Scott v. Illinois

Scott v. Illinois Case Brief

United States Supreme Court
440 U.S. 367 (1979)

ISSUE: Is the Argersinger rule that no person may be incarcerated or any offense unless he was represented by counsel still valid?
HOLDING: Yes.
PROCEDURAL HISTORY:
  • Scott was convicted of shoplifting merchandise
  • D argued that the Argersinger requires that the State provide counsel whenever imprisonment is an authorized penalty
  • Ill. Sup. Ct. rejected this view
REASONING:
  • Argersinger did delimit right to counsel: The basis premise of Argersinger is that actual imprisonment, vs. just fines or the mere threat of imprisonment, is the dividing line for the constitutional right to appointment of counsel
    • 6th & 14th Amdts. require only that no indigent criminal D be sentenced to a term of imprisonment unless the State has afforded him the right to assistance of appointed counsel in his defense
CONCURRENCE - Powell:
  • Rule adopted by the majority is not required by the Constitution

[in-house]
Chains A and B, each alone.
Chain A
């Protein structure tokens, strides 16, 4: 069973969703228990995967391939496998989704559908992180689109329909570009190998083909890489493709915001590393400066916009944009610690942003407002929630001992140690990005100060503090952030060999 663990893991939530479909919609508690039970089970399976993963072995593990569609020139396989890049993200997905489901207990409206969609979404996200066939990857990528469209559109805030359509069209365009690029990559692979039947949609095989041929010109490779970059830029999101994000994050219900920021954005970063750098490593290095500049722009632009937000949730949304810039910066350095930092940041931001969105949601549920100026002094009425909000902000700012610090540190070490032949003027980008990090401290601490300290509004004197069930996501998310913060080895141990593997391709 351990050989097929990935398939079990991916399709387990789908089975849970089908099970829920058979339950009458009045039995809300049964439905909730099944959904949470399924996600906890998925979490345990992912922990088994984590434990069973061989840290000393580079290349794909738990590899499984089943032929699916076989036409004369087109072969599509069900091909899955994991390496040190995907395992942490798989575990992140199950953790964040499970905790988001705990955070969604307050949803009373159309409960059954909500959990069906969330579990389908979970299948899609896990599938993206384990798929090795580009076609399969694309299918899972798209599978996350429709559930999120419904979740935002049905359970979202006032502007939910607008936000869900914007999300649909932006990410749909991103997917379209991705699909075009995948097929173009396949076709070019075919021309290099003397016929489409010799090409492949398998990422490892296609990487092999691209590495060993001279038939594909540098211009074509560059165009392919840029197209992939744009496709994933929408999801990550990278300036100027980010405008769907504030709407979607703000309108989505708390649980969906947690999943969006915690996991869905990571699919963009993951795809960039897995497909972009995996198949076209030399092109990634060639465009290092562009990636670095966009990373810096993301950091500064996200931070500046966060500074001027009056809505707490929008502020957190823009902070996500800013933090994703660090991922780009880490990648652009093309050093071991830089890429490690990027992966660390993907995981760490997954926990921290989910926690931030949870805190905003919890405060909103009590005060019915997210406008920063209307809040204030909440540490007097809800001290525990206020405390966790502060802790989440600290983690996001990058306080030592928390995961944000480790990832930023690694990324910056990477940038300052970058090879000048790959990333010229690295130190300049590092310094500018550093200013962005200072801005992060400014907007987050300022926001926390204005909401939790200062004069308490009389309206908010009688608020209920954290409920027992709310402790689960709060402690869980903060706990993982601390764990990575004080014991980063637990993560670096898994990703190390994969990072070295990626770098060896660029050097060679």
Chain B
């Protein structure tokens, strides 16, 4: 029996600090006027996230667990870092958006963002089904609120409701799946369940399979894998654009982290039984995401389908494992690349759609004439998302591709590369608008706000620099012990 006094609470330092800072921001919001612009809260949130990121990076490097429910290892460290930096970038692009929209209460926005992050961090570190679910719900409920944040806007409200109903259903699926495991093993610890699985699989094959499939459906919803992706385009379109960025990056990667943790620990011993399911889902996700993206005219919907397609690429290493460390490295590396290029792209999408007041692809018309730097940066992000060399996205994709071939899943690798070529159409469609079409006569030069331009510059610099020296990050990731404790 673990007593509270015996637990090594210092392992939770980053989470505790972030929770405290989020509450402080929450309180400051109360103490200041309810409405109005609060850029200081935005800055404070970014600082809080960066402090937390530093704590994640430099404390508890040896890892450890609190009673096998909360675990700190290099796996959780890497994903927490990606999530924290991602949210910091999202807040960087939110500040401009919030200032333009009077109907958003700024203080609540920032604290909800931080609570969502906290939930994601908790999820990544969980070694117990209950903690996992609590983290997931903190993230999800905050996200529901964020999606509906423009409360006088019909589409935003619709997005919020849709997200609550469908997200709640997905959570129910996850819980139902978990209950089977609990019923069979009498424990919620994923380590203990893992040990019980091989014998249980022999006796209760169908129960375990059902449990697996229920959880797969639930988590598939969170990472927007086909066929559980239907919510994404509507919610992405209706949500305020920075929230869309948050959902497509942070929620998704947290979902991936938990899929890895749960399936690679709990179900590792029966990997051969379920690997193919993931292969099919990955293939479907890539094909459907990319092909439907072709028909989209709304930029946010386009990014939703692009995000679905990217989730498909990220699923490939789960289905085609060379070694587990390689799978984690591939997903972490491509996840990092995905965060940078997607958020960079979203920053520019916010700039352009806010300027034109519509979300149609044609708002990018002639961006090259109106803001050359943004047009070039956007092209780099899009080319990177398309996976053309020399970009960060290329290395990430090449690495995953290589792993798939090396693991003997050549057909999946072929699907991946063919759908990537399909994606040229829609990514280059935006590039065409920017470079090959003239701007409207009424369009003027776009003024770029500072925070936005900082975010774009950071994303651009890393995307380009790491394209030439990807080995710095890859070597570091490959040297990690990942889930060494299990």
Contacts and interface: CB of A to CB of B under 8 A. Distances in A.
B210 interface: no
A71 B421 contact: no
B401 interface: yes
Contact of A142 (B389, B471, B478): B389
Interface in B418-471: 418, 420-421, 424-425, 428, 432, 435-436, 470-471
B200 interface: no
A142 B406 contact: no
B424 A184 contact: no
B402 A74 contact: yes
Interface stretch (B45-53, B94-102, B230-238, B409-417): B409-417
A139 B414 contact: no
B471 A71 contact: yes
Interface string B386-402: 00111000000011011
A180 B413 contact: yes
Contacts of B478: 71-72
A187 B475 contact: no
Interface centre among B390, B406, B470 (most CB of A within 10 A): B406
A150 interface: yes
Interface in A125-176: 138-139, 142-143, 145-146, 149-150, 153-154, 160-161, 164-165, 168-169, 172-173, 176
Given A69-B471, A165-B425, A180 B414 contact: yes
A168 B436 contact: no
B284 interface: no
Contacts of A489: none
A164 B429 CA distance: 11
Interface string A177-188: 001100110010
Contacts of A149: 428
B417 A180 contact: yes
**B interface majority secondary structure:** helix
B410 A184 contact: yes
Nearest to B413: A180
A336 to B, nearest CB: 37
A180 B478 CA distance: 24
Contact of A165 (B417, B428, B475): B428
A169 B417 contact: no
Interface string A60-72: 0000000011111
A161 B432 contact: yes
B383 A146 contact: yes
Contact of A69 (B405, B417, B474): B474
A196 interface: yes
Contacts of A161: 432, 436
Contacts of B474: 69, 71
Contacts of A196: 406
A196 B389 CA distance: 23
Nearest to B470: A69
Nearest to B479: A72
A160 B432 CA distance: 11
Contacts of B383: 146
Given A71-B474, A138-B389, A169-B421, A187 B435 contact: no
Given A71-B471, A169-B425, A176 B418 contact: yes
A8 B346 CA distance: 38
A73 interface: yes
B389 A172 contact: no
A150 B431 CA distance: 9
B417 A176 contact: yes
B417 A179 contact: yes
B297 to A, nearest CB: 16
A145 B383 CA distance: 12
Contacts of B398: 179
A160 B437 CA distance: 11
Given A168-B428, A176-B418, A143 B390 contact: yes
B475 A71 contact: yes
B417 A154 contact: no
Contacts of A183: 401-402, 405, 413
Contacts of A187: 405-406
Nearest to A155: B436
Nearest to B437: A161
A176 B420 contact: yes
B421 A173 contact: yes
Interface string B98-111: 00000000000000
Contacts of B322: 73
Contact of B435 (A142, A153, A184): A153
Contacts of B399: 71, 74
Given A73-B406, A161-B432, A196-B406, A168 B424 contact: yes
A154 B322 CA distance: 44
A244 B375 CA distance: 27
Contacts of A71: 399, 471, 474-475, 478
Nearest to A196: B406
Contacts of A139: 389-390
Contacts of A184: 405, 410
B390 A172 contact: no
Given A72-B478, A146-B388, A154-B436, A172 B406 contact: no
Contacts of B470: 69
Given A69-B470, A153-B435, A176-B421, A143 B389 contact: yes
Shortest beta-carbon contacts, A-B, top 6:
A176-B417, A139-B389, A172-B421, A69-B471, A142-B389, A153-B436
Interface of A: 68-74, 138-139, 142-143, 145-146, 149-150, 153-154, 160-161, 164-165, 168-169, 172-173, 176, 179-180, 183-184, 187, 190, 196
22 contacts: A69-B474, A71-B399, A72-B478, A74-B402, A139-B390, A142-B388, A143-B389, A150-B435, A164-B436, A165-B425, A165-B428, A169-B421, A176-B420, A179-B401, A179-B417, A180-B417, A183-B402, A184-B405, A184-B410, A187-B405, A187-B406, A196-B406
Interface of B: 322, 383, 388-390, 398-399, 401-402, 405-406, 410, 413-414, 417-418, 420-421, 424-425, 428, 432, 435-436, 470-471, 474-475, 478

• Trial judges will be required to decide in advance of hearing any evidence and before knowing anything about the case whether they chose to impose a sentence of imprisonment
DISSENT - Brennan:
  • Plain wording of the 6th Amdt. and the precedents compel the conclusion that the right to counsel extends to all criminal prosecutions, including Scott's
  • Gideon established a categorical right to appointed counsel for indigent accuseds
  • Scott's offense was not "petty," and thus his right to counsel was plainly mandated by the logic of the Court's prior cases, including Argersinger
  • "Actual imprisonment" standard's problems shows that the "authorized imprisonment" standard is superior
DISSENT - Blackmun: Counsel should be appointed to indigent Ds whenever a D is prosecuted for a nonpetty criminal offense, one punishable by more than 6 months in jail, or whenever a D is convicted of an offense and is actually subjected to a term of imprisonment
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